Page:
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Last week I posted my favorite table saw push stick. (By the way, I later added a full size pattern.) This week, I continue the theme with a push block for the jointer. I made the one in the picture 17 years ago when I started with the magazine. It’s seen a lot of use over the years and has a permanent home on the machine.

I know other woodworkers use a plastic device with a foam or soft rubber bottom and a handle on top. I think these can present problems, particularly when jointing longer boards that are not so thick. You’ll understand why when I describe my partiality to the one pictured here.

As the name implies, the push block is made to push rough lumber over a jointer to make a flat (not just smooth) surface on one face. The design of this push block forces me to push the stock forward with little downward pressure. There is some downward force, but not much and that force is always at the end of the board, not anywhere forward of the end. This design, therefore, prevents the possibility of pressing the board down to the jointer table. I don’t know about you, but I always start jointing a face with a bowed side down. If you press the bow out of a board, it won’t have a flat surface. It will spring back to it’s bowed shape as soon as the pressure is released. With the plastic-style push block, you must press down on the stock to get enough grip.

My technique for jointing a board is to push by hand from the end of the board until the end reaches the leading edge of the jointer infeed table. At that point I reach for the push block, hook the heel over the end and continue until the stock has completely passed over the cutterhead. This is, of course, why we use any sort of pushing device, for safety; keeping valuable body parts away from sharp steel moving at high speeds.

My old block is made from poplar, is about 10″ long and 3 1/2″ wide. Because the upper section runs cross-grain to the bottom, it’s joined with a tongue and groove. The upper part is shaped to be comfortable in the hand with my fingers over the top section. You can download the Push Block Drawing of  you want one of your own.

– Steve Shanesy

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Showing 4 comments
  • repeters

    Hi Steve, your diagram for this jointer push block shows length and your article gives the width but not the height. Was this a 2×4 originally? Pete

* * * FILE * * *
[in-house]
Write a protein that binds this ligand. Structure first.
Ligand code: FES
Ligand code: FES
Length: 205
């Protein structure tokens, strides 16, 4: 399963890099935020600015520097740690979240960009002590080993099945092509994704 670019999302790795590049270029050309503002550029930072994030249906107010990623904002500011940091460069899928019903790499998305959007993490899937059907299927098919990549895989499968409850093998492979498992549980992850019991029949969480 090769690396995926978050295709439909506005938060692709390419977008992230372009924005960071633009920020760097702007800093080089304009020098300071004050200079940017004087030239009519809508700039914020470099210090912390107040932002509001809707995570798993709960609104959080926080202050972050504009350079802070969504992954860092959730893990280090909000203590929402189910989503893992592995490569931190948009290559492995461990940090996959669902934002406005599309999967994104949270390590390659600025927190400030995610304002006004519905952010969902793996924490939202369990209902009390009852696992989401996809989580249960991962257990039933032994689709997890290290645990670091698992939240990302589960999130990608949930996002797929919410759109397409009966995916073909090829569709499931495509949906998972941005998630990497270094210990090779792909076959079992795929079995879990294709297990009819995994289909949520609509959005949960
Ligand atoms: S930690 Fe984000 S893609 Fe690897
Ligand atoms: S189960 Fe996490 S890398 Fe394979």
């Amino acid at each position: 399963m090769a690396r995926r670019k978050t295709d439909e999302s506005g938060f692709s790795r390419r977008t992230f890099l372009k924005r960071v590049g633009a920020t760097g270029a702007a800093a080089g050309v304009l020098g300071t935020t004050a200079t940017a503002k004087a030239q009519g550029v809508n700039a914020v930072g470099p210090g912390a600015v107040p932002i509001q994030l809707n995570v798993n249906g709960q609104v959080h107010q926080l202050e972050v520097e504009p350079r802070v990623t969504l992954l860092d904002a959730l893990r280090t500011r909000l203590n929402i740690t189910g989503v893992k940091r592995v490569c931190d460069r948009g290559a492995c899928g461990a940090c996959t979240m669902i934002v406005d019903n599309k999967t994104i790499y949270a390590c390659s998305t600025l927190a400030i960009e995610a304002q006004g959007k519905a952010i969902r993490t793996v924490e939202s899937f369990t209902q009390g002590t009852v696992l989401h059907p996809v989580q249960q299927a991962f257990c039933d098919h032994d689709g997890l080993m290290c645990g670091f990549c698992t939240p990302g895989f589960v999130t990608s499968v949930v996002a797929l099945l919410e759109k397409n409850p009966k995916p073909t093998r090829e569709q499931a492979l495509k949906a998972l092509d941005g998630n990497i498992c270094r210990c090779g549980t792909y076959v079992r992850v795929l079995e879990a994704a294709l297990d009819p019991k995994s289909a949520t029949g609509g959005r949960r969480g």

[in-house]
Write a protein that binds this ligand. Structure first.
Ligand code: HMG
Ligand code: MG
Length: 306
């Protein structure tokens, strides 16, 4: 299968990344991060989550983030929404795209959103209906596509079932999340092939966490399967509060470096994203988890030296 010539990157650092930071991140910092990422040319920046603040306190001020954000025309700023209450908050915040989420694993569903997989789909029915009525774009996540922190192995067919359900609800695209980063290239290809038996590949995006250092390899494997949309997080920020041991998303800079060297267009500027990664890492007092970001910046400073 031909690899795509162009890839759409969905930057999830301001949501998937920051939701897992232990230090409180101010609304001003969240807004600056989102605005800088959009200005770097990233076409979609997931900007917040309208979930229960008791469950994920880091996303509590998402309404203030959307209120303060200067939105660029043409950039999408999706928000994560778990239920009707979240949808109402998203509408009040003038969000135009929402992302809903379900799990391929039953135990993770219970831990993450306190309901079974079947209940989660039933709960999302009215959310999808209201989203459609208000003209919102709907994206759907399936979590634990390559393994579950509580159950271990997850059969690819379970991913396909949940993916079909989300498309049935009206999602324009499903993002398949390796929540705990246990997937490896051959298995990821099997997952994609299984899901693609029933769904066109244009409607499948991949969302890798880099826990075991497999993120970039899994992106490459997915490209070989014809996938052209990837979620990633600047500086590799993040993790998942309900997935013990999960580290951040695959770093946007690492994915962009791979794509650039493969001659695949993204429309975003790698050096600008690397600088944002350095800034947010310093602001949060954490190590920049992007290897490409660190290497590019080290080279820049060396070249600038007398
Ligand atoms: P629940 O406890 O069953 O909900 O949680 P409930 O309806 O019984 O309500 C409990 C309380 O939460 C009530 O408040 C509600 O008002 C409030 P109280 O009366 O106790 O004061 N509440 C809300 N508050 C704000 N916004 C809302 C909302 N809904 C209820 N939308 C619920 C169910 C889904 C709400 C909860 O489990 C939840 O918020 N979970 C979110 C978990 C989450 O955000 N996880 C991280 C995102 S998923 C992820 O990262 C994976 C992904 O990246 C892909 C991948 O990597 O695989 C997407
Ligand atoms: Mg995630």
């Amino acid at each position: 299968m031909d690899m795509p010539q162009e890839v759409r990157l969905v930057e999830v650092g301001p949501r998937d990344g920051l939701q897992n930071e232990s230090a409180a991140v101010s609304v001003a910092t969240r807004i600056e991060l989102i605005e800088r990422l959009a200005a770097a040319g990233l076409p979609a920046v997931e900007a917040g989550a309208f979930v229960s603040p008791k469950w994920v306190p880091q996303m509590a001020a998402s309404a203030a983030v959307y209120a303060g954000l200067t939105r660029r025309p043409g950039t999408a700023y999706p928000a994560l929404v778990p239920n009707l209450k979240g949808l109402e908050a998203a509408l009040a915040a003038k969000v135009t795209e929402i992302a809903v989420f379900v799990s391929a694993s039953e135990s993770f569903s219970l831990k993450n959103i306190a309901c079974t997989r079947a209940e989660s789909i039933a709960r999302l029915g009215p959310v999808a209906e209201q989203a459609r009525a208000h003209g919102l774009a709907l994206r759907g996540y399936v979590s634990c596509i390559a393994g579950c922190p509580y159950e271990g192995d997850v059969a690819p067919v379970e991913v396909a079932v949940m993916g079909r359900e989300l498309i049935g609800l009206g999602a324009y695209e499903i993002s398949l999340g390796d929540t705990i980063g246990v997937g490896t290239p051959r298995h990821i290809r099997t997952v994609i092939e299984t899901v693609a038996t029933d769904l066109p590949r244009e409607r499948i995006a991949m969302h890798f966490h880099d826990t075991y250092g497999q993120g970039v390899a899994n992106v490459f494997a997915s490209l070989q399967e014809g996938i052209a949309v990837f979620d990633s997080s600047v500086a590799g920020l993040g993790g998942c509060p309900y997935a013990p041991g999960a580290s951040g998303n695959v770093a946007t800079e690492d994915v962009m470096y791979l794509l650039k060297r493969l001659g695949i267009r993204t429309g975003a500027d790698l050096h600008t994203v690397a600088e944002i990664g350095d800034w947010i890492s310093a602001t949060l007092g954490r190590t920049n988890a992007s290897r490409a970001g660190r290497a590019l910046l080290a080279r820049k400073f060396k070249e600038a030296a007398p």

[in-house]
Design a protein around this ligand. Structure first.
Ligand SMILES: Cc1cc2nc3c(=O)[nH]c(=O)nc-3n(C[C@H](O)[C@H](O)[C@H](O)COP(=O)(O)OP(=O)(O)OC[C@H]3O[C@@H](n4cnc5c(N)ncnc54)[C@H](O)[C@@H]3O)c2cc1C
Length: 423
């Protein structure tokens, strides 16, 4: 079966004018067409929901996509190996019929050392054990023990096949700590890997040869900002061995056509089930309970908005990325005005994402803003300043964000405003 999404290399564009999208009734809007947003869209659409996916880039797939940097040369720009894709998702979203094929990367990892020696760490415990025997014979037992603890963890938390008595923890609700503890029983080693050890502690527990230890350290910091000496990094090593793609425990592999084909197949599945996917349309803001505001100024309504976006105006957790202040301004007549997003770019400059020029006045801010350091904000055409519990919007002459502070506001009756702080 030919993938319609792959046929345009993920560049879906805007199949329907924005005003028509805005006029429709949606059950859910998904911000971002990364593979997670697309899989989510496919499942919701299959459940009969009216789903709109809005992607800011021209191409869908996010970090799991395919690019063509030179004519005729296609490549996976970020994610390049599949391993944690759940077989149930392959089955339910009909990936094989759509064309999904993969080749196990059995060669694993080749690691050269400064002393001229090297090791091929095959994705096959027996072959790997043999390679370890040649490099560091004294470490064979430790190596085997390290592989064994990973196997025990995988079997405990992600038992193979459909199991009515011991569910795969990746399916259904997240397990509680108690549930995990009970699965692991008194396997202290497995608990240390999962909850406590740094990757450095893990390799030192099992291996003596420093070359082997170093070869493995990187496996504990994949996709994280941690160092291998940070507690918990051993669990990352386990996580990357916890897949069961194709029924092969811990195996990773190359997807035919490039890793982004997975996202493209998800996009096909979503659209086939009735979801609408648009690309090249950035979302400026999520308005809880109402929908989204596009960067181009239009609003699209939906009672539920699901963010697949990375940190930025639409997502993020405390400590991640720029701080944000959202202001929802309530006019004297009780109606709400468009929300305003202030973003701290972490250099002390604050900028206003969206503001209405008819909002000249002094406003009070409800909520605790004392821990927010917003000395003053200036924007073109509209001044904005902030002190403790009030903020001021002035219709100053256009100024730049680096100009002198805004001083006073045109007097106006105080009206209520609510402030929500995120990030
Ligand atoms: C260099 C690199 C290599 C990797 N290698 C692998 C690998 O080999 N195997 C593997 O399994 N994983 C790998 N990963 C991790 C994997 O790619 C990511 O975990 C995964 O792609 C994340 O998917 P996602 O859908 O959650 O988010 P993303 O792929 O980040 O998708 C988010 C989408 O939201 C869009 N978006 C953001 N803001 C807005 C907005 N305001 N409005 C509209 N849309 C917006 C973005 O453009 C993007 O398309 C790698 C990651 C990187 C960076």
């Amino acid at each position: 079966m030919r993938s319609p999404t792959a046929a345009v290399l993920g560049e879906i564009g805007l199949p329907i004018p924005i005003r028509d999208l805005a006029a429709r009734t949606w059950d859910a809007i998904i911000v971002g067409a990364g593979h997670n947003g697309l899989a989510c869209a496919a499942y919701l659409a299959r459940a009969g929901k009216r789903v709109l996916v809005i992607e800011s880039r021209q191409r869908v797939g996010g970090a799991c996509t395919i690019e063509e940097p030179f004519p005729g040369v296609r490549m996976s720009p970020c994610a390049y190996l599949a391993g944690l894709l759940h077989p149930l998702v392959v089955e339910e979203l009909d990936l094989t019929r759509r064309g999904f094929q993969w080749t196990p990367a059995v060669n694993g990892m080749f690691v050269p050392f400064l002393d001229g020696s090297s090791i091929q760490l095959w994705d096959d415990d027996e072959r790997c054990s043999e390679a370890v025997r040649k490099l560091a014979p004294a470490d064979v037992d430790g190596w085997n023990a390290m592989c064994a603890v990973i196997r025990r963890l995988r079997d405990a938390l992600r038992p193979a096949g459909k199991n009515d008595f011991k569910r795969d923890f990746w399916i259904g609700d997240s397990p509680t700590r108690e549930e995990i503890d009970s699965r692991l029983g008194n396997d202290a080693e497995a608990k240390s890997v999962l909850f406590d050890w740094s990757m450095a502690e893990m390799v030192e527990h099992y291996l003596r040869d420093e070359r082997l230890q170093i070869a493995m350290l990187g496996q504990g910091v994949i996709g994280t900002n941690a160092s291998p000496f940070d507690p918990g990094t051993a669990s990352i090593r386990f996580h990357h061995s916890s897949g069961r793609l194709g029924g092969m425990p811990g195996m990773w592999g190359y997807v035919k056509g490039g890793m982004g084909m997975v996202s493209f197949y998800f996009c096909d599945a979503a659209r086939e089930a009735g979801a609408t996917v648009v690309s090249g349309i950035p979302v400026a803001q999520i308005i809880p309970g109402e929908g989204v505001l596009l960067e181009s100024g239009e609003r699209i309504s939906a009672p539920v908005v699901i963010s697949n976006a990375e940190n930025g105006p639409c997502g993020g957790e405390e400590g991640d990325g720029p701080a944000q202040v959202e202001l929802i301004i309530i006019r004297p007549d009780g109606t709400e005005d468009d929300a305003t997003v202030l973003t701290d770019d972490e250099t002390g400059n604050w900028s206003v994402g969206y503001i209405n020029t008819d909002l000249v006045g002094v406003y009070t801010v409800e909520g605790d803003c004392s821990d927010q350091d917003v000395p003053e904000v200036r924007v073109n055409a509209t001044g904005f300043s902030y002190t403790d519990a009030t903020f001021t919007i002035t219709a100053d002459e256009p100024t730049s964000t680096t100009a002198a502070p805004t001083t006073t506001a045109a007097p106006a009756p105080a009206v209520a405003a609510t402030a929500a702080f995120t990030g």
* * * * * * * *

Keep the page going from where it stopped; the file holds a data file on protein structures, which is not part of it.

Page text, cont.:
• David Keller

    Hi Steve – I just now read your blog post about the table saw push stick, and wanted to post a comment about table-saw blade positioning in regards to safety that many of your readers may not know.

    Always positioning the blade so that no more than 1/4″ of it projects above the stock is definitely not a black-and-white situation. For those that use a table saw without a guard (many of us do), it’s good practice, because it greatly limits the amount of damage that will occur from accidental flesh-on-blade contact.

    However, if you religiously use a guard (such as the Shark Guard – and excellent product, to which I’ve no connection), or, importantly, you have a Sawstop, the blade is better positioned at the upper limit of travel for all through cuts. The reason is that where the blade is positioned determines the risk of kick-back and the force with which that kick-back will occur.

    When the blade is positioned so that 1/4″ of the teeth project above the stock, almost all of the force of the rotating perimeter of the blade is directed towards a vector that is parallel with the length of the stock. So if the stock pinches the blade because of internal stresses or a poorly aligned rip fence, all several hundred foot pounds of the angular momentum of a rotating 3 hp motor will be transferred to the stock in the direction of the user.

    When the blade is at the height limit of its travel, that same angular momentum is mostly directed through a vector that is 90 degrees to the length of the stock – either downwards towards the table for the front of the blade, or straight up in the air for the back of the blade.

    So if the stock does pinch the blade, the amount of momentum transfered to the stock in the direction of the user is much reduced.

    So there is a trade-off. And this is one enormous advantage to the Saw-Stop (I don’t have one by the way, but would like to) – the flesh-sensing technology greatly reduces the risk of amputation from blade contact, and using the saw with the blade positioned at its full height greatly reduces the force that a piece will transfer to the user in the case of kick-back.

  • jimmyp

    Steve : Thank You again for Sharing your Knowledge an Experience with us . I look forward to the email blog, as I’m starting wood working sorta late in life.. I always had the desire for it but life prevented me from being able to pursue it. However due to a unexpected accident 5 yrs ago that has left me permanently Disabled . I have now found something that allows me to do it for a hour or so a day which is all I’m capable …. Also Thank you for the Drawing of the push block.. I do not have a jointer, but that will not keep me from making the push block …………….jimmyp

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